Evaluation Essays Powerpoint


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Evaluation Essays Powerpoint

  1. 1. Evaluation Essays I write to discover what I know…Flannery O’Connor
  2. 2. Judgment Making <ul><li>Everyday we judge food, clothes, books, classes, teachers, TV shows, political candidates, films. </li></ul><ul><li>“I like it or I don’t like it” are common phrases. </li></ul>
  3. 3. Want to be taken seriously? <ul><li>Provide valid reasons for your opinions. </li></ul><ul><li>Your reasons must be based on shared criteria that readers recognize as appropriate for evaluating the particular type of subject. </li></ul>
  4. 4. Appropriate reasons <ul><li>Must reflect the values or standards typically used in evaluating the thing under consideration, such as a film, a poker game or a car. </li></ul>
  5. 5. Examples: <ul><li>Acting, musical score and story line are common standards for judging a film, because the theatre was too cold or the popcorn too buttery are not. </li></ul>
  6. 6. Valid Support <ul><li>Using the support of experts in the subject is important because it deals in specifics. </li></ul><ul><li>Proper evaluation is intelligently rigorous—not general in nature. </li></ul>
  7. 7. Importance of learning this genre. <ul><li>College students have many opportunities to judge: </li></ul><ul><li>Critiquing a book or journal article, judge aspects of course work, assess the value of conflicting interpretations of a historical event or a short story, or evaluate your progress in a class. </li></ul>
  8. 8. What do you think is important? <ul><li>This is the basis of all Evaluation. </li></ul><ul><li>Reading and writing evaluations will help you understand your own values as well as those of others. </li></ul>
  9. 9. How do you bridge the differences of conflicting opinion? <ul><li>Show respect for other’s concerns despite your disagreement by noting the differences and countering them within your essay. </li></ul><ul><li>This is what counterargument is all about. </li></ul>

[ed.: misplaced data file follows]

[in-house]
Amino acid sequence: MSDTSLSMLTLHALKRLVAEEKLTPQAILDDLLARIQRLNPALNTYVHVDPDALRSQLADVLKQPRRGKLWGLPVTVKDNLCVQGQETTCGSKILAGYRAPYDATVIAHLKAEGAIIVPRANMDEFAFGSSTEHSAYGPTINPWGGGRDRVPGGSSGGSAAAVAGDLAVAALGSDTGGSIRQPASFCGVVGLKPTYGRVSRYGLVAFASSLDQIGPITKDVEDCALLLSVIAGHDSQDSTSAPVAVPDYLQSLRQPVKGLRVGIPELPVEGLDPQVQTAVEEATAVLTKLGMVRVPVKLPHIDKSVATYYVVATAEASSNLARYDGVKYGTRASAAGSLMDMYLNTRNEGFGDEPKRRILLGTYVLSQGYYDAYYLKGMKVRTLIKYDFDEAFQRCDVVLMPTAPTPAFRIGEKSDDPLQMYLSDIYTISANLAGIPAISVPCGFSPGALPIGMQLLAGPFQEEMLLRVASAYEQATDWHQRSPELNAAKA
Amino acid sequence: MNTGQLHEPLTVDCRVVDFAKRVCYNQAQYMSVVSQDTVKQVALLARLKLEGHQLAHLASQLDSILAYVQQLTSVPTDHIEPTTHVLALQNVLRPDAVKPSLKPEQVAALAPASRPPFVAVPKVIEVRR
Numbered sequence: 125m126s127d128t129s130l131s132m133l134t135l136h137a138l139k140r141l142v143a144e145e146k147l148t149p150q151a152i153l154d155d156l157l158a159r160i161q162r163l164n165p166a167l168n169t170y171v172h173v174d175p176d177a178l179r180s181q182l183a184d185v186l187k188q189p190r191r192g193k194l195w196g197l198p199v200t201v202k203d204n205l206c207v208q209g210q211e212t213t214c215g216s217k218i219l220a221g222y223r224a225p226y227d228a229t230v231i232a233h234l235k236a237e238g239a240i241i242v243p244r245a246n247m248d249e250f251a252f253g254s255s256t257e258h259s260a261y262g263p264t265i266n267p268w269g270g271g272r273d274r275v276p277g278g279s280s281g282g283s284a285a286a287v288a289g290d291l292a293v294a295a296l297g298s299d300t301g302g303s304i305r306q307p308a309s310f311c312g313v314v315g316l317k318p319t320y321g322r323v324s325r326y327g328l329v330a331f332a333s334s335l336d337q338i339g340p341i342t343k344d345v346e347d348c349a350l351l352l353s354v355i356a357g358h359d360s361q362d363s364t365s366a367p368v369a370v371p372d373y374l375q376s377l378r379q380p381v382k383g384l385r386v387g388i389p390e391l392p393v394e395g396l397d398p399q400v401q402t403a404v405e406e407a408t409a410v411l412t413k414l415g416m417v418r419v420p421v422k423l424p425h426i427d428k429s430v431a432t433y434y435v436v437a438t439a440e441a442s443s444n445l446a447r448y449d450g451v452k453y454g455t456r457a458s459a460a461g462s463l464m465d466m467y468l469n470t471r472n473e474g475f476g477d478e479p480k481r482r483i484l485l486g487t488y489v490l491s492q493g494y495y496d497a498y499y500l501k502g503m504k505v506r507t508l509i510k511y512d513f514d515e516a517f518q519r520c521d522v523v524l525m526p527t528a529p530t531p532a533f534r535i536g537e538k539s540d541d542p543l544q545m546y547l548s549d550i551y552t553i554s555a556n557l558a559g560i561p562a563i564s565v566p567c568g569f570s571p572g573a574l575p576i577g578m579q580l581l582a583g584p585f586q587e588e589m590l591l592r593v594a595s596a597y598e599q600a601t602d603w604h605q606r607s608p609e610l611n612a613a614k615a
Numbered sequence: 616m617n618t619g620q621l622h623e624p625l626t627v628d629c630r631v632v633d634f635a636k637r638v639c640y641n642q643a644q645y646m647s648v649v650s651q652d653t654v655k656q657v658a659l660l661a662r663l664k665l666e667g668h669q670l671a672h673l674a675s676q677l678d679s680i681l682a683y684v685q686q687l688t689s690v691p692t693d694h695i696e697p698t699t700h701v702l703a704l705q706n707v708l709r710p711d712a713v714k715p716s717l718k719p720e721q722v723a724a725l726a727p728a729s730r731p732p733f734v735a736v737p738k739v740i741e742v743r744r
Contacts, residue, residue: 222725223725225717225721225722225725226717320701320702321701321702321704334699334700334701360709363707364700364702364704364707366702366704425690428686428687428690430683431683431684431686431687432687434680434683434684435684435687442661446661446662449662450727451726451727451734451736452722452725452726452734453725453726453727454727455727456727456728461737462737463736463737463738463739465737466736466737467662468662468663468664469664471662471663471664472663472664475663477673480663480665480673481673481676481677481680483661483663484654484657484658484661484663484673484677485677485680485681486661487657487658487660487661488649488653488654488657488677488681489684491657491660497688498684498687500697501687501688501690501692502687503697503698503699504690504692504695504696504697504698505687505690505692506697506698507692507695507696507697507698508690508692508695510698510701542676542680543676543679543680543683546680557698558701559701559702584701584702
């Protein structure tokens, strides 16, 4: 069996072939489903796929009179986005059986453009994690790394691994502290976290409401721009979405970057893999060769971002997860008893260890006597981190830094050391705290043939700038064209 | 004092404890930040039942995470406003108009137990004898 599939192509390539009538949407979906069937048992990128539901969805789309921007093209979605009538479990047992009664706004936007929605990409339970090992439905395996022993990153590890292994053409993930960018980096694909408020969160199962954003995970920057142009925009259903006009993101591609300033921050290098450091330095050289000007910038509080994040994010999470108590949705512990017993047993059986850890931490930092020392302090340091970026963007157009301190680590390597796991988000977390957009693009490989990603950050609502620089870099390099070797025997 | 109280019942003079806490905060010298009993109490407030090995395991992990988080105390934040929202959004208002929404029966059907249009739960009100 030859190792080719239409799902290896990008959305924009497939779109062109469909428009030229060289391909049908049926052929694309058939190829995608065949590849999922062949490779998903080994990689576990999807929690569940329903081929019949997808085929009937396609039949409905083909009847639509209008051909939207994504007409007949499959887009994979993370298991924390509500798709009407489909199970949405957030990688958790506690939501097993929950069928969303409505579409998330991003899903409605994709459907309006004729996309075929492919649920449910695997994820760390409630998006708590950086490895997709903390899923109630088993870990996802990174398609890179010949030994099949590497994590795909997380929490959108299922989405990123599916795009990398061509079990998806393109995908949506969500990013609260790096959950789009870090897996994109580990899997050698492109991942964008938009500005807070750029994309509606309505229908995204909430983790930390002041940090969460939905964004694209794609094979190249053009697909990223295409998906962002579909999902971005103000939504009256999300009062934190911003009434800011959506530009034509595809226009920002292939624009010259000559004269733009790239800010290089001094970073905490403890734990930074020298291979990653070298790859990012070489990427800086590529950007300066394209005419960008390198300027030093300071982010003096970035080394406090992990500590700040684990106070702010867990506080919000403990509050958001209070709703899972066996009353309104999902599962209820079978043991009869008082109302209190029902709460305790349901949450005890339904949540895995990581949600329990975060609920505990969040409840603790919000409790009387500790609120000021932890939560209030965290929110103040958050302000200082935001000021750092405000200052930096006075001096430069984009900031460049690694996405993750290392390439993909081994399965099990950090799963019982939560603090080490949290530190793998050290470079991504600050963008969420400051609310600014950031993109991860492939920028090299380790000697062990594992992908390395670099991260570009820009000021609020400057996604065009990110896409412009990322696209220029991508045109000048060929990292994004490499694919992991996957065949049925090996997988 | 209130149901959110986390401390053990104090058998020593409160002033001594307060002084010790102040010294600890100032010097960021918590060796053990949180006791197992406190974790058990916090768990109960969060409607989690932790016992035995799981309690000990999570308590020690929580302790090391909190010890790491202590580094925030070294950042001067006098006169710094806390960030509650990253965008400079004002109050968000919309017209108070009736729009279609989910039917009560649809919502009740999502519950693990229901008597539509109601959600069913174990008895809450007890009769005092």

10. 10. Counterarguing <ul><li>Important for winning your argument. </li></ul><ul><li>Yes, to evaluate something falls under the umbrella of Argumentation. </li></ul><ul><li>Without countering, you risk losing your reader’s attention or trust in your logic. </li></ul>
  11. 11. Creating Common Ground <ul><li>In order to engage your reader, figure out a way to create common ground—this is your hook—the thing that makes the reader want to read on. </li></ul>
  12. 12. Creativity in Evaluation <ul><li>Choice of subject matter, creation of common ground with the reader, careful choice of outside sources and quotes, use of showing techniques and active verbs, a strong sense of voice and choice of detail all demonstrate the use of creativity and show the reader you care. </li></ul>
  13. 13. Where does the Imagination Fit in? <ul><li>Wasn’t it Einstein who said, The new idea is found in the imagination, not in the mind…Of course you must create a reasonable argument, but that does not mean to ignore your creative self. </li></ul>
  14. 14. And, finally… <ul><li>I will repeat the Flannery O’Connor quote found on the first slide: “I write to discover what I know…” </li></ul><ul><li>With everything you write, the writer should learn something about themselves. That is the powerful secret behind writing. </li></ul>